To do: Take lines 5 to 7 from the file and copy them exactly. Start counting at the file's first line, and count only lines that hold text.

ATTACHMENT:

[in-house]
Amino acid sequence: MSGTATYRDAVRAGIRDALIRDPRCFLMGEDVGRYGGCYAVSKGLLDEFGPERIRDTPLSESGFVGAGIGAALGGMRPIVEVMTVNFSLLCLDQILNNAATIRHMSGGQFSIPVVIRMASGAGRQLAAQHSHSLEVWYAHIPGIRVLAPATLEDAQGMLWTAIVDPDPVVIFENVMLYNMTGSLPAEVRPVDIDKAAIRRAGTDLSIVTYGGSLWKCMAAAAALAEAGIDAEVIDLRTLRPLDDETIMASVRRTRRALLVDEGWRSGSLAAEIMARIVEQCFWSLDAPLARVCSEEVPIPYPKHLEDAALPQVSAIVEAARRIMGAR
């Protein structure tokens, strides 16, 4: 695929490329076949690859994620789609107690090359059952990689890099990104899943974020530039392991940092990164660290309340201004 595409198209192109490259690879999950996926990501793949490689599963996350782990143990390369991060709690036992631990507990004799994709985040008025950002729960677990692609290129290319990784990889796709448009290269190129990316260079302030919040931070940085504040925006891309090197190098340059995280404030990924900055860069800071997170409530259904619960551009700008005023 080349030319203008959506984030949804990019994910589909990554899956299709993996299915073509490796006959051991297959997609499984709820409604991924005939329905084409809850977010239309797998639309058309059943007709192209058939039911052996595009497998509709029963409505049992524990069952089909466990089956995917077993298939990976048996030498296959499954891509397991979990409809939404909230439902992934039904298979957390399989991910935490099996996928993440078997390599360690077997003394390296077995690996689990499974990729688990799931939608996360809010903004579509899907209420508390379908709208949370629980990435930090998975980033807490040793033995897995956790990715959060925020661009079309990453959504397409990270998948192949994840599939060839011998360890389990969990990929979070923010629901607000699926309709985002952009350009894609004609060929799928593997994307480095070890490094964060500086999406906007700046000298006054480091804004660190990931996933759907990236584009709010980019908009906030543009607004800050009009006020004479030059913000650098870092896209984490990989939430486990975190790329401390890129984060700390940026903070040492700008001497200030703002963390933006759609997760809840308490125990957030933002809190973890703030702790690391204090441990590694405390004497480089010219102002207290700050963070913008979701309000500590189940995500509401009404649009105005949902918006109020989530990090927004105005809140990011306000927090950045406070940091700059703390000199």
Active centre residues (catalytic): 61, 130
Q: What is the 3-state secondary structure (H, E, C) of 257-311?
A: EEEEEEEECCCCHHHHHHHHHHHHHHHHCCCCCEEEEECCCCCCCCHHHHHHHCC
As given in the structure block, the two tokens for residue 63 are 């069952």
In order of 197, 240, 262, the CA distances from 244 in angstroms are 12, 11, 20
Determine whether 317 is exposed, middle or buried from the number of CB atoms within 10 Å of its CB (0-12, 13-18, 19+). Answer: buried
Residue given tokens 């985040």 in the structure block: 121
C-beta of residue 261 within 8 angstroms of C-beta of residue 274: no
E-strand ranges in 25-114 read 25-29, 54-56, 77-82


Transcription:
Q: What is the 3-state secondary structure (H, E, C) of 257-311?
A: EEEEEEEECCCCHHHHHHHHHHHHHHHHCCCCCEEEEECCCCCCCCHHHHHHHCC
As given in the structure block, the two tokens for residue 63 are 């069952």